Martin Luther King thought deeply about the best methods to use to overcome the injustices facing African Americans. This in itself is an important observation. It is appropriate for us in the 21st century to also think deeply about questions of method.
His speeches frequently describe and defend nonviolence as the method he felt was both effective and moral for the issues on which he worked. Sometimes the description was in response to criticism of the method as “too extreme”, at other times it was to reject the violence advocated by some.
His explanations were patient and detailed.
The basic steps of the method are outlined to his fellow ministers in his letter from a Birmingham jail.
“In any nonviolent campaign there are four basic steps: collection of the facts to determine whether injustices exist; negotiation; self-purification; and direct action. We have gone through all these steps in Birmingham.”
In his American dream speech he identifies three characteristics of the method: its effectiveness, its moral grounding and its characteristic of love.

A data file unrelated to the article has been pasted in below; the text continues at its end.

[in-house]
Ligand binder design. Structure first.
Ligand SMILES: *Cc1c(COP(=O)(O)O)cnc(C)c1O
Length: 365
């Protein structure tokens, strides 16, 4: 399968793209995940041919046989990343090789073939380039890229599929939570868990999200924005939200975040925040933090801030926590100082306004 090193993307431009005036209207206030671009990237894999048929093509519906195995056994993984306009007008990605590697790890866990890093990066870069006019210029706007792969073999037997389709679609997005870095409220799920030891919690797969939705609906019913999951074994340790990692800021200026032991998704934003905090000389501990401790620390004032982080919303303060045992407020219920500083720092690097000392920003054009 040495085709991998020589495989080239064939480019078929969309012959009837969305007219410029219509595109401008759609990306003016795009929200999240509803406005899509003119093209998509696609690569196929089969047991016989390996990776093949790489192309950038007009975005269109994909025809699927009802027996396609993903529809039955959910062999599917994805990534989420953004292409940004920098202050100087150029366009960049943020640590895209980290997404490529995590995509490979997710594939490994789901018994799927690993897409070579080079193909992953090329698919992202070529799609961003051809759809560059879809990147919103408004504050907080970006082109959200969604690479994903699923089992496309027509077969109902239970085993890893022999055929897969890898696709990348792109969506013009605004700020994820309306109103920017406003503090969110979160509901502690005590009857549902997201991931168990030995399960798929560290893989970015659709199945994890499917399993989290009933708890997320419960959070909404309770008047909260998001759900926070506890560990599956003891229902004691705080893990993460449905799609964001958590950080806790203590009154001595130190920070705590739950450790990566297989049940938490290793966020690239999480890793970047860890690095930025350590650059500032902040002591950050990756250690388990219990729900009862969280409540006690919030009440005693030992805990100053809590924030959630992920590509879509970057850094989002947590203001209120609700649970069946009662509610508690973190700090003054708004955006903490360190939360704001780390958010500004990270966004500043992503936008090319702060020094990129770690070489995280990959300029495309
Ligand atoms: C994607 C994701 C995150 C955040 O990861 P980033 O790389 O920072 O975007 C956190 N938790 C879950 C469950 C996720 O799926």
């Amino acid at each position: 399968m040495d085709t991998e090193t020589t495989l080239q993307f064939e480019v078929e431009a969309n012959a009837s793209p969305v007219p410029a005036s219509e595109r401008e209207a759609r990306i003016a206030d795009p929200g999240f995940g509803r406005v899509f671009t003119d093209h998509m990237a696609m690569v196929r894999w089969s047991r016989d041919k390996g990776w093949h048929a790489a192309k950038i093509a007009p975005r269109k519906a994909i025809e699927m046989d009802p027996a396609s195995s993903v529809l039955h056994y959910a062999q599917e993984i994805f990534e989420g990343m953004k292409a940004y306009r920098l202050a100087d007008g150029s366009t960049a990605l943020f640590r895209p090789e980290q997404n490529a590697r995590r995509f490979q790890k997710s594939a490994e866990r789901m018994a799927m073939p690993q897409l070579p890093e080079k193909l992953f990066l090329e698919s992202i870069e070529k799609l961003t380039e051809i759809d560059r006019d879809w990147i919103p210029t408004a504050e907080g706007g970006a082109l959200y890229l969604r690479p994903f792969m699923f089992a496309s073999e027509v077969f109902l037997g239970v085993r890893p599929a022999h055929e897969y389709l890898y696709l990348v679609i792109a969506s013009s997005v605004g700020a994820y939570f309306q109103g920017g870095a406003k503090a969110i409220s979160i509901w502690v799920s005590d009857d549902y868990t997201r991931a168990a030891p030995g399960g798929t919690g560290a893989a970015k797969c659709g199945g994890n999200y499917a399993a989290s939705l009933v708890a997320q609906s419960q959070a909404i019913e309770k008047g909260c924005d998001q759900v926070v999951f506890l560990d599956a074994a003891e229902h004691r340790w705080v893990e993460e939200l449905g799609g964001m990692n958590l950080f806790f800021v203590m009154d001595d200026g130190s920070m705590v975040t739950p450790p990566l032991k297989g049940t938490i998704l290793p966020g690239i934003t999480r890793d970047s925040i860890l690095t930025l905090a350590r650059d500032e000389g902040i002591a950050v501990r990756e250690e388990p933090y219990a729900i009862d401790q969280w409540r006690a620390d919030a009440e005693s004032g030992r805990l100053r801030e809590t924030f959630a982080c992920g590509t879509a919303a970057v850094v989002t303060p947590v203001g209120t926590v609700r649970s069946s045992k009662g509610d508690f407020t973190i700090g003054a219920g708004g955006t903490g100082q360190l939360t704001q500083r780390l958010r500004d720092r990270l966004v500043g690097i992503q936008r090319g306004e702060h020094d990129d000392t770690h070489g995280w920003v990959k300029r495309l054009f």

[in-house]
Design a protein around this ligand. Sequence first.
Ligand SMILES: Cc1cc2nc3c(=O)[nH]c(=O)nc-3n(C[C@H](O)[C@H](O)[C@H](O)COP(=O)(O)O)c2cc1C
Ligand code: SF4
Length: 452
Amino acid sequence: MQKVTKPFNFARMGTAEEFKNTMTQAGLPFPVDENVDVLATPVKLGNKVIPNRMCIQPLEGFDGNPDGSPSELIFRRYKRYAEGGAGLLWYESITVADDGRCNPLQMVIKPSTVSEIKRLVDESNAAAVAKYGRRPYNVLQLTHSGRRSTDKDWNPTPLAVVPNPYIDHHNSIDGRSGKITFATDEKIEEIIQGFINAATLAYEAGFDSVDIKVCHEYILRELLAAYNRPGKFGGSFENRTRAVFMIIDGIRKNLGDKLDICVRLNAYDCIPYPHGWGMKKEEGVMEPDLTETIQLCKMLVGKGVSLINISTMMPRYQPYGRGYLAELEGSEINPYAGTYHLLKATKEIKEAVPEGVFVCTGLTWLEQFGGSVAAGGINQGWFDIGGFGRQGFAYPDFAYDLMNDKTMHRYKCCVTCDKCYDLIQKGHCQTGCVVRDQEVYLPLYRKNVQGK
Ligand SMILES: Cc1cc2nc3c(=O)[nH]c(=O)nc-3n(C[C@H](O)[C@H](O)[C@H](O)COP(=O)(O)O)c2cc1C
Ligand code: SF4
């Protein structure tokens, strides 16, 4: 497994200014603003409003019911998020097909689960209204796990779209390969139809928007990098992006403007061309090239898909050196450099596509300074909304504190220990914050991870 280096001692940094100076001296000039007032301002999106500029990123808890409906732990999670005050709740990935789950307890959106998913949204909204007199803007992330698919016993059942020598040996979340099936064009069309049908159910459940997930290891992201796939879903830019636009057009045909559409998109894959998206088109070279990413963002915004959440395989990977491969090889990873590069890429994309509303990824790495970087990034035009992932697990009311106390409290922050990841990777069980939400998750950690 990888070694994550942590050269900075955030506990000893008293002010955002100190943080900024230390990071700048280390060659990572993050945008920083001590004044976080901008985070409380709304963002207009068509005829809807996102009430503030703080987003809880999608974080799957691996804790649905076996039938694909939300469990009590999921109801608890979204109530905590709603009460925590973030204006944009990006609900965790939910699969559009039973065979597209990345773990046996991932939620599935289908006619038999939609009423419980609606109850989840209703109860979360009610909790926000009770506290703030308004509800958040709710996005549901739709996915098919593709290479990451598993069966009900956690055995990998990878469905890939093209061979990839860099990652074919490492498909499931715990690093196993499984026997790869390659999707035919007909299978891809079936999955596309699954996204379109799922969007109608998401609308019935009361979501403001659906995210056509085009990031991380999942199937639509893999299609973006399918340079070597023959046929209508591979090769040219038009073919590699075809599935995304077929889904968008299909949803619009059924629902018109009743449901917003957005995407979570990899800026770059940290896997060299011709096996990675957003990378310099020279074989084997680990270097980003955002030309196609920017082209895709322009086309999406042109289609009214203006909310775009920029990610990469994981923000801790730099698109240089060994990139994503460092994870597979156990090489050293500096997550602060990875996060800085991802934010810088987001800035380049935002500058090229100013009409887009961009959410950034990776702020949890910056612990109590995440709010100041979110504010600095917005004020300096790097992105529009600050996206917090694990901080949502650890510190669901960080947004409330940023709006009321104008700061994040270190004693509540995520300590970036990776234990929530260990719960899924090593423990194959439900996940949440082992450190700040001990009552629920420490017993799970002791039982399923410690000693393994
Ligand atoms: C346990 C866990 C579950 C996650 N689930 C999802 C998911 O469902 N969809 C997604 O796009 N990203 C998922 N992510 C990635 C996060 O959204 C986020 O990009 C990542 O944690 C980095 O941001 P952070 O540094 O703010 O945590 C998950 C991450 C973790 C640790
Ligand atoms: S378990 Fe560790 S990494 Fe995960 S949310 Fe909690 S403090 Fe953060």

“First I should say that I am still convinced that the most potent weapon available to oppressed people in their struggle for freedom and human dignity is nonviolent resistance. I am convinced that this is a powerful method. It disarms the opponent, it exposes his moral defences, it weakens his morale and at the same time it works on his conscience, and he just doesn’t know how to deal with it. … If he beats you, you develop the courage of accepting blows without retaliating .. if he puts you in jail, you go in that jail and transform it from a dungeon of shame to a haven of freedom and human dignity … “
He thus saw it as an effective approach. He also saw it as a moral approach.